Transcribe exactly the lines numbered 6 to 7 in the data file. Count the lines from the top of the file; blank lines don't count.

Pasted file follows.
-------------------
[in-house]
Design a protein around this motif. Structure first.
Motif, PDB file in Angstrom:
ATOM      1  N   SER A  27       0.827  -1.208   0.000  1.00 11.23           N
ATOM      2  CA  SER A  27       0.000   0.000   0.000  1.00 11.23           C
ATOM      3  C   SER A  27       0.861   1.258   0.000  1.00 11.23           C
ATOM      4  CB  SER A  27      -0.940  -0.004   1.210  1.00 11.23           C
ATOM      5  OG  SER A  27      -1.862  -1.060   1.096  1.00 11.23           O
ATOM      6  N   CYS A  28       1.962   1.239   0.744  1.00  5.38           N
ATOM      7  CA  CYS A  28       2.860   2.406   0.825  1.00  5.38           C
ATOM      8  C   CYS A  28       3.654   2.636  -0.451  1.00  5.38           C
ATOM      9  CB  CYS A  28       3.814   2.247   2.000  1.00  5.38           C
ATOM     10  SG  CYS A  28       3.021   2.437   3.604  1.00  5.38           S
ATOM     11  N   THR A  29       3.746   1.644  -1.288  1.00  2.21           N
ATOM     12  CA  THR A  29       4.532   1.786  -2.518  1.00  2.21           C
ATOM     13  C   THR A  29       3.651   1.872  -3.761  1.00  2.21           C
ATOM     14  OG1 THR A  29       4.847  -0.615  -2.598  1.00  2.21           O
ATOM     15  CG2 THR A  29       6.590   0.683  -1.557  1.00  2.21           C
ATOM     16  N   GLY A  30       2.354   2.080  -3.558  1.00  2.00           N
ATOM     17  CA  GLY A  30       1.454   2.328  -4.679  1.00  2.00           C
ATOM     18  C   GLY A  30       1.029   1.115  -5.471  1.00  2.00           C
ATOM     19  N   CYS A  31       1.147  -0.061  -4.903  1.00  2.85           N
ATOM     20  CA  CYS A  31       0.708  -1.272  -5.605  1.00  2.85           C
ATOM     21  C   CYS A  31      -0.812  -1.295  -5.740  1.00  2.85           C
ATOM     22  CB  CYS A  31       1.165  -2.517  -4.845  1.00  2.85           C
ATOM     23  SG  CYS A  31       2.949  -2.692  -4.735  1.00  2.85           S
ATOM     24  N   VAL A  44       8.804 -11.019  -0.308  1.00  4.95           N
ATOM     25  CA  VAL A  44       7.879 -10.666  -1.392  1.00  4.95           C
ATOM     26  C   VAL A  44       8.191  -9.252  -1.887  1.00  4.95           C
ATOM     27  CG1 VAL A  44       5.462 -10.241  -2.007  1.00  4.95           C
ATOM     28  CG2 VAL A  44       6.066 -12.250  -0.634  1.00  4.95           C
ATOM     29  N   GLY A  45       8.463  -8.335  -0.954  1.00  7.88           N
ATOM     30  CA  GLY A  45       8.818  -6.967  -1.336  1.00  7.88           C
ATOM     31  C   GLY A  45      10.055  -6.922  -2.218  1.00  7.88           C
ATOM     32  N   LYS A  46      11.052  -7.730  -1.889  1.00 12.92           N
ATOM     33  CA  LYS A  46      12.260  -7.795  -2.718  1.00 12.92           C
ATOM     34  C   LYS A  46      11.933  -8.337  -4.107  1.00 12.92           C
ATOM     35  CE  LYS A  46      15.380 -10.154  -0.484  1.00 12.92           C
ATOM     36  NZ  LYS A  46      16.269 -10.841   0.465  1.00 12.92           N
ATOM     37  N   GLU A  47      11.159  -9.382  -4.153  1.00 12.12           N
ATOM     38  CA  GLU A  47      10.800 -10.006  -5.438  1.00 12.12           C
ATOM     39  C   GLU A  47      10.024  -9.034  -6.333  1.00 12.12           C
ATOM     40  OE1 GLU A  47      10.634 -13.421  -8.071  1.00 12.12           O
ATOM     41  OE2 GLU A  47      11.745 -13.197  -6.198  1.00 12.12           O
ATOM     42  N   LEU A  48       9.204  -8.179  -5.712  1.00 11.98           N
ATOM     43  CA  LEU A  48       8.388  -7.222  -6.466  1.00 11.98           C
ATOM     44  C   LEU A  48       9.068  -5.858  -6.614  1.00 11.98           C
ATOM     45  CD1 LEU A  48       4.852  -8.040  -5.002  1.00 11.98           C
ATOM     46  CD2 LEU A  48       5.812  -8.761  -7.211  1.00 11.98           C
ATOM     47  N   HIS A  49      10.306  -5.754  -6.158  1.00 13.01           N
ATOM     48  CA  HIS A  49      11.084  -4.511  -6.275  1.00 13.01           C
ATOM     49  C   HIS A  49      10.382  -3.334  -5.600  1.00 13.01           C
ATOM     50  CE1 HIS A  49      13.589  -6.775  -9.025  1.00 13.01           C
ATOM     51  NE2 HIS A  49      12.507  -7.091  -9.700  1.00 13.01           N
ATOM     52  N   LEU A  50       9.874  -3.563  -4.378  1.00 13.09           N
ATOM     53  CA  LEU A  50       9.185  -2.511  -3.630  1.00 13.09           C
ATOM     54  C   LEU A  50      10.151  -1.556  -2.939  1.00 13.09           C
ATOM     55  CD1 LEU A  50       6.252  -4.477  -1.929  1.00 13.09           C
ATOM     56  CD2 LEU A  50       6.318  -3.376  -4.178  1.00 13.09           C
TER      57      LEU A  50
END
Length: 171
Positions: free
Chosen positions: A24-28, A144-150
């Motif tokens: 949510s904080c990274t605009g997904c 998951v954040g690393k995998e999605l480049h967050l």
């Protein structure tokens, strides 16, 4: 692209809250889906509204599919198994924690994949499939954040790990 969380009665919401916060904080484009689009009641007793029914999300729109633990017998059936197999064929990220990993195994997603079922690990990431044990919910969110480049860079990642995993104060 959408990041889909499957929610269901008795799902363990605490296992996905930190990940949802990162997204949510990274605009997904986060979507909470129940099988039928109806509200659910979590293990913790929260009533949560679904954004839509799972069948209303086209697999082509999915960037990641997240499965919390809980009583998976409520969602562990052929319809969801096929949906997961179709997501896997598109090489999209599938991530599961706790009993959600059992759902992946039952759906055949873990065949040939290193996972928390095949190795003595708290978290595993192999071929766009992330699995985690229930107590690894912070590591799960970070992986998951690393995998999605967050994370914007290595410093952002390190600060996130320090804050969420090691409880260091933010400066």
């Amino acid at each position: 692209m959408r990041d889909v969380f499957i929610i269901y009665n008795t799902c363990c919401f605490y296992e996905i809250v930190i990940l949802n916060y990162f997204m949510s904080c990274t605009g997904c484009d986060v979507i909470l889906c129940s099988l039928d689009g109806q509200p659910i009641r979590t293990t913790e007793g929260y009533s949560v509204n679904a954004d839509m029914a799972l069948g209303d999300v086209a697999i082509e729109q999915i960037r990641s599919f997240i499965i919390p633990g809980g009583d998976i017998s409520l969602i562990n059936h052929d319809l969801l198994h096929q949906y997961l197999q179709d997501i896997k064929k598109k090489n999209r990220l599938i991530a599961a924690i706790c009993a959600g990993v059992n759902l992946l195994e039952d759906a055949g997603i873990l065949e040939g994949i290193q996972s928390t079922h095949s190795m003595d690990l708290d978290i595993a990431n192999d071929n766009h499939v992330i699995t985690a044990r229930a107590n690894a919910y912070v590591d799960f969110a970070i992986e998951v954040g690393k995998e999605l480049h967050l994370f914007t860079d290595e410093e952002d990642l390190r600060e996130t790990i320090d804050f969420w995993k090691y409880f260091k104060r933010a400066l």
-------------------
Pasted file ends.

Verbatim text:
ATOM      3  C   SER A  27       0.861   1.258   0.000  1.00 11.23           C
ATOM      4  CB  SER A  27      -0.940  -0.004   1.210  1.00 11.23           C